Adecco Q2 revenue rises as hunt for skilled workers heats up
By John Revill
ZURICH (Reuters) -Staffing and training group Adecco reported a 13% increase in second-quarter revenue on Thursday, as employers intensified the search for skilled workers and hired more permanent staff.
The battle for talented employees has also driven up wages, which have also increased to offset rising inflation, Chief Financial Officer Coram Williams said.
The jobs market has become more competitive as more staff voluntarily quit their jobs after the pandemic, leaving many companies understaffed, he added.
“There is a real scarcity of talent across the globe,” Williams told Reuters. “This is a key driver of wage inflation, along with inflation generally.
“There is strong wage inflation, although this varies,” he added. “In continental Europe it is low to mid single digits, but elsewhere it is high single digits.”
Adecco, which competes with Randstad and ManpowerGroup, is seen as a signifier for the broader economy with companies hiring when they feel confident about the future.
The Swiss group said hiring volumes had also increased as second quarter revenue rose to 5.94 billion euros ($6.04 billion), in line with forecasts.
Still, the company’s second-quarter net profit dropped 47% to 77 million euros, as the company spent more on sales and marketing and also incurred costs integrating AKKA Technologies which it bought for 2 billion euros in July 2021.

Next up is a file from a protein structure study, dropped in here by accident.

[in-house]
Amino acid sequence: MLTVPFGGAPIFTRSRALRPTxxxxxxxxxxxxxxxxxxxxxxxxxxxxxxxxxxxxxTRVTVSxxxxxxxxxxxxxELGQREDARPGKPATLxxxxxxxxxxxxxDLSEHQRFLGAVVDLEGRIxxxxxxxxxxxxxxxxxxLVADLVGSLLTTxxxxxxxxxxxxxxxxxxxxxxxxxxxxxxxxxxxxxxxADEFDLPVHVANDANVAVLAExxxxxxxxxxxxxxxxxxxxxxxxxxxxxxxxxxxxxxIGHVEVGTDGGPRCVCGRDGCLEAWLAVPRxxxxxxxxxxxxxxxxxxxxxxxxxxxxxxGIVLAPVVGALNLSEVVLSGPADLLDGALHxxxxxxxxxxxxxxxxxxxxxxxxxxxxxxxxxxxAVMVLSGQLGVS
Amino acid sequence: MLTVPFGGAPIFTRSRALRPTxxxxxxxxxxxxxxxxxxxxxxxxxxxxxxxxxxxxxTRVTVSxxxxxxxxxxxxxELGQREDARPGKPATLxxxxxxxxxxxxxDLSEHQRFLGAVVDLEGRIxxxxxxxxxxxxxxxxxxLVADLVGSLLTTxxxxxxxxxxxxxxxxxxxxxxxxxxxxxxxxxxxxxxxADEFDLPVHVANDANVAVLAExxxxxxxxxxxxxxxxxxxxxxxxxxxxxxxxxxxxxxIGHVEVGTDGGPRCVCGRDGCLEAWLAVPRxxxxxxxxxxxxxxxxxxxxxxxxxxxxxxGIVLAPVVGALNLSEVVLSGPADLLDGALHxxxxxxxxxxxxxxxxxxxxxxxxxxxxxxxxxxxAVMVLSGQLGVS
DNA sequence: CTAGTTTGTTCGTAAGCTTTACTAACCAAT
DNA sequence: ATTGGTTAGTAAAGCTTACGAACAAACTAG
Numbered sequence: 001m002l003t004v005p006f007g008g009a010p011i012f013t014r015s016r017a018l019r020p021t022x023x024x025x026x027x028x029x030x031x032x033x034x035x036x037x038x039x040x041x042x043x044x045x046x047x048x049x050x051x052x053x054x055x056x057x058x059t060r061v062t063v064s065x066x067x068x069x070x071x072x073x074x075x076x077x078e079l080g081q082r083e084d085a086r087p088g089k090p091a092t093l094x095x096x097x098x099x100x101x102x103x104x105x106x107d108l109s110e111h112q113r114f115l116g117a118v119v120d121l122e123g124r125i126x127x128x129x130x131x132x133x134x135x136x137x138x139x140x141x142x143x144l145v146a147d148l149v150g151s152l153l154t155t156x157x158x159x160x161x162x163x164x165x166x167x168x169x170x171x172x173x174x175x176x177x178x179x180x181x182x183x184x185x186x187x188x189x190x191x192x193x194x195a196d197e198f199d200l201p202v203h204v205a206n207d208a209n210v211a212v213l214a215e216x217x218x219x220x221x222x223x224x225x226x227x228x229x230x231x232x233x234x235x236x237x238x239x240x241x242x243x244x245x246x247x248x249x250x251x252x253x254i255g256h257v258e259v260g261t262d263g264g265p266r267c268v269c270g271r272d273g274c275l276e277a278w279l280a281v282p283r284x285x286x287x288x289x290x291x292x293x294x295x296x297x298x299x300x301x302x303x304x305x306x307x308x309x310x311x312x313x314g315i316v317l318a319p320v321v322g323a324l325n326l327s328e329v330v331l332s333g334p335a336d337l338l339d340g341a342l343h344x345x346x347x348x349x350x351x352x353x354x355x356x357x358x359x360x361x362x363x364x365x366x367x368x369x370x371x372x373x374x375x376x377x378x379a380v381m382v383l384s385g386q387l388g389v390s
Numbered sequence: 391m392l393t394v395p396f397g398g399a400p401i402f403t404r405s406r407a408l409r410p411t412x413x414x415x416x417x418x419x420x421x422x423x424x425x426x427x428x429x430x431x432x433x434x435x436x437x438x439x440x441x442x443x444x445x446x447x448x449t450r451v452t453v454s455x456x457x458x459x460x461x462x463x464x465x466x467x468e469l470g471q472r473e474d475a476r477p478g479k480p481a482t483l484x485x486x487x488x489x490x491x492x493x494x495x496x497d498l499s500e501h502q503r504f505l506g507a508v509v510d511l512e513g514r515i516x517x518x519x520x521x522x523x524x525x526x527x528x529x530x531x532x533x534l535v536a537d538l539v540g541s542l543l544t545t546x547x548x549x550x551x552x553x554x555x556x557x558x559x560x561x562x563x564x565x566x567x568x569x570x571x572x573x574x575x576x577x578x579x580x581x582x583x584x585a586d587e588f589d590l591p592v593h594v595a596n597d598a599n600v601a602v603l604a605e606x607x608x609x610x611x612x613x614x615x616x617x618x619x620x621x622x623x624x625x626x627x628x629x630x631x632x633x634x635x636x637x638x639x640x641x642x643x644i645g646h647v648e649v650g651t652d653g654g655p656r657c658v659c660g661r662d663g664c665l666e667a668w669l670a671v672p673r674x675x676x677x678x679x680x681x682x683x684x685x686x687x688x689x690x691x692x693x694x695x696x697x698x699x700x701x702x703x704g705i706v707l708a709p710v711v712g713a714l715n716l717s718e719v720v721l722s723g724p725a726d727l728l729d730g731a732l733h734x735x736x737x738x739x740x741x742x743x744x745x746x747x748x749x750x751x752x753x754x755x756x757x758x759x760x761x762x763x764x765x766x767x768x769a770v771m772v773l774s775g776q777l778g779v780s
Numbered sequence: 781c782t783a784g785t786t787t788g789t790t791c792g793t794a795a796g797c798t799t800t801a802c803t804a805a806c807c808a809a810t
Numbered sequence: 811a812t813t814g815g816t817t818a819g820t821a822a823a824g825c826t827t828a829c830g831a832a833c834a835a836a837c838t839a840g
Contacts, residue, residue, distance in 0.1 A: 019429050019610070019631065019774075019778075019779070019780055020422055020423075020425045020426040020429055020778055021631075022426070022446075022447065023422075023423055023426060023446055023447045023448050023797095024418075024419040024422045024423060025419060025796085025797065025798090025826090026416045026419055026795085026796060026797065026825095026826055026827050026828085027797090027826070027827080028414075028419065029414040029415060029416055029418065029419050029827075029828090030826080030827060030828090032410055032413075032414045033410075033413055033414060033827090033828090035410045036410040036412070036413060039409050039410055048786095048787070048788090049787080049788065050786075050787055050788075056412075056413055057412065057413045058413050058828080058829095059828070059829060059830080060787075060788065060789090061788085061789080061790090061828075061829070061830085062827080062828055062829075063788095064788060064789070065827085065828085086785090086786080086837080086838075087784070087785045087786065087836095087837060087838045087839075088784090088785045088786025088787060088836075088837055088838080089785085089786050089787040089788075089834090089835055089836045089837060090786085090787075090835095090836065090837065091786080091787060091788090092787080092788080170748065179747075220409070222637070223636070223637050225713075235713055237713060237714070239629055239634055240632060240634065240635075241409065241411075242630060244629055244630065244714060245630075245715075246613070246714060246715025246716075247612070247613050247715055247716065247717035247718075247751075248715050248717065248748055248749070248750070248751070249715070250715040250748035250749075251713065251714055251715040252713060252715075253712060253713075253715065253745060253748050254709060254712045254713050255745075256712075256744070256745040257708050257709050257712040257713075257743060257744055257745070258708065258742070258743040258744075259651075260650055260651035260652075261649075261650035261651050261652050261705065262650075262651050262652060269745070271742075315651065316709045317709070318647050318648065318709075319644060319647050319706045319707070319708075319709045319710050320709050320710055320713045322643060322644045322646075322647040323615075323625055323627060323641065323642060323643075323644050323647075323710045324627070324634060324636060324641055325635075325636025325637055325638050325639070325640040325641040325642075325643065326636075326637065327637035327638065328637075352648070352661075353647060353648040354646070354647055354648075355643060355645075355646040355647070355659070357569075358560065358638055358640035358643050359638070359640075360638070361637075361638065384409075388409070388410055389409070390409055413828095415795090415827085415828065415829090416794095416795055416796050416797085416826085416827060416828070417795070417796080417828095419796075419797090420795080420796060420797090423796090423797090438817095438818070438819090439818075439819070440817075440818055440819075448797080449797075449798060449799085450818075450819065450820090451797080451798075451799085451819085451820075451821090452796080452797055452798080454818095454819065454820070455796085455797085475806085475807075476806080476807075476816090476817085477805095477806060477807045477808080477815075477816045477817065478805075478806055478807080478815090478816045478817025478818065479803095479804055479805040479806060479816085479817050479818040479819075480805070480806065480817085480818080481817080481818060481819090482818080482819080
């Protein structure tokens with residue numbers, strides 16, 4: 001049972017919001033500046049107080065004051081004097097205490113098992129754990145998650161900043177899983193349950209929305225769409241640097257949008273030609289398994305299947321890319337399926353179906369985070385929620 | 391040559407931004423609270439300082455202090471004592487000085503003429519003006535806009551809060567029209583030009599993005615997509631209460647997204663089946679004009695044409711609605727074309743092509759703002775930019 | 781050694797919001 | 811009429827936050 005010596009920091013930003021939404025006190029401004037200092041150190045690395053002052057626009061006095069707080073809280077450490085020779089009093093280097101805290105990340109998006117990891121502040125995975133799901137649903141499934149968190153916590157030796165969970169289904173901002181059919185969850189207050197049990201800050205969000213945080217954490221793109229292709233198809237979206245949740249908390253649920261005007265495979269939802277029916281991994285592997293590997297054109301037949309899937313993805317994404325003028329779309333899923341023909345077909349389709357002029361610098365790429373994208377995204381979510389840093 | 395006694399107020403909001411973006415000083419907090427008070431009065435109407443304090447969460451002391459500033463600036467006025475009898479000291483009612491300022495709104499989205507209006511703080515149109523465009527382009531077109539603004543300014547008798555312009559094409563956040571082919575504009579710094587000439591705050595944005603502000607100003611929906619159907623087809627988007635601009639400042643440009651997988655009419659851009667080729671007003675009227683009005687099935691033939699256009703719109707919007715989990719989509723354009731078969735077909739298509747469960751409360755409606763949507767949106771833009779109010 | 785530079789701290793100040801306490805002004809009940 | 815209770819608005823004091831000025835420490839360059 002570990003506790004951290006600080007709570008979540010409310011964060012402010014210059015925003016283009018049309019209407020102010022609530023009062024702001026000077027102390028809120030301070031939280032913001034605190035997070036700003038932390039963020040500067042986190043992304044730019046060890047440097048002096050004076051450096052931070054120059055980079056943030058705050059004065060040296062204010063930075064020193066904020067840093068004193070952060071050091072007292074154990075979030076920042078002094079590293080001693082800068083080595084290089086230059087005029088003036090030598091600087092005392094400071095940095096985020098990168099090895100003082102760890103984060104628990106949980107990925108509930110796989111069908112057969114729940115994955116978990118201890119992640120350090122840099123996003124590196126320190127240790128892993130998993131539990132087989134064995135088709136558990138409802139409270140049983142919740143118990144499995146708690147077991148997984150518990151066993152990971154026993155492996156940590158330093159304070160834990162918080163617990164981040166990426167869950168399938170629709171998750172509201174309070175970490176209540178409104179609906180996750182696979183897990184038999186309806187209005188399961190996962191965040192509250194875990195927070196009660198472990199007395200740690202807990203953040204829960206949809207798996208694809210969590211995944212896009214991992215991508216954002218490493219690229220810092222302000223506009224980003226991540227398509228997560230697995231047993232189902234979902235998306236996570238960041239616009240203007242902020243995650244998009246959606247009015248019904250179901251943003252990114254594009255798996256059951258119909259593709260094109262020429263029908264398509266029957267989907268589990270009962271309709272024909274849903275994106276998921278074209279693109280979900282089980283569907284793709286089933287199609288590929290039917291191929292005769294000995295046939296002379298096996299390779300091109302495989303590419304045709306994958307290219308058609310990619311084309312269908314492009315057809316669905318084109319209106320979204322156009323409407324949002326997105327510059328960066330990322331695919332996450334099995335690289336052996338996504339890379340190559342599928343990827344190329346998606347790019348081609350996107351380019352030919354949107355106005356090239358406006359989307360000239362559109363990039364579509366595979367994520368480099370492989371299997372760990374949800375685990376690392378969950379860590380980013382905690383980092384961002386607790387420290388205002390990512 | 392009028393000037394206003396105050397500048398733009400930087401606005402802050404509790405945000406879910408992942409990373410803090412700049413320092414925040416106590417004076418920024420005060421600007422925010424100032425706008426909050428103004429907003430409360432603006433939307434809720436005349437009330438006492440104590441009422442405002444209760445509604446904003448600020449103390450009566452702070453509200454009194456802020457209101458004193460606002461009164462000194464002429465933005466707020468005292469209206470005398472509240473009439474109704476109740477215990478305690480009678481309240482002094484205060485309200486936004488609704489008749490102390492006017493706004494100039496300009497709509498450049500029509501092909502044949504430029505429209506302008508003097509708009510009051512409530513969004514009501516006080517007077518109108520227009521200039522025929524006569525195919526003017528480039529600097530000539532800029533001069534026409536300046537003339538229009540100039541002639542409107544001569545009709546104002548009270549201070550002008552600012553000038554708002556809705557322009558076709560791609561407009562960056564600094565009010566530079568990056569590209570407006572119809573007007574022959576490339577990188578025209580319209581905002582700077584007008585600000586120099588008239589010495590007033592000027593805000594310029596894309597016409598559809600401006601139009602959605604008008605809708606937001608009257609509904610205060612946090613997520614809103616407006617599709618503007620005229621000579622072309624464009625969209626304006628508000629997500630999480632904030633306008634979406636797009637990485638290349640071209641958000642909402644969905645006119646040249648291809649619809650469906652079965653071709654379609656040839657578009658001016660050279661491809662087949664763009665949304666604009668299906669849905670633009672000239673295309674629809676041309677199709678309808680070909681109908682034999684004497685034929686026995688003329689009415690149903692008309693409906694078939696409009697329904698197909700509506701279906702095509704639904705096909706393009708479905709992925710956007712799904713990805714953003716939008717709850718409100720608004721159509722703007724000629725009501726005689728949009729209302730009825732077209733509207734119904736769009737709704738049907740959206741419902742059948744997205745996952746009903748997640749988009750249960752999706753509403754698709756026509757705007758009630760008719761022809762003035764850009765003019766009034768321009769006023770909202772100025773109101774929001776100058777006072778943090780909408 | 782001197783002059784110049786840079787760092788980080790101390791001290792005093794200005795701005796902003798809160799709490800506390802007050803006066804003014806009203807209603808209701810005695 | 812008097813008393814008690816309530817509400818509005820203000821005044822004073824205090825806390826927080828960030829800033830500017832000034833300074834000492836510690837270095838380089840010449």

Its shares were down 2.7% on the Swiss exchange, as investors were disappointed by the net profit figure which missed forecasts of 112 million euros.
“While revenues and gross margin are solid, the high one-off costs and high amortisation are disappointing, primarily due to AKKA,” said Zuercher Kantonalbank analyst Gian Marco Werro.
When currency and acquisition effects were stripped out, Adecco’s Q2 sales increased by 4%, weaker than Randstad’s 9.1% increase and the 6% currency-adjusted increase at Manpower.
July, the first month of Adecco’s third quarter, had seen revenue slightly higher than 4%, Williams said.
($1 = 0.9841 euros)
(Reporting by John Revill; Editing by Jacqueline Wong, Sherry Jacob-Phillips and Emelia Sithole-Matarise)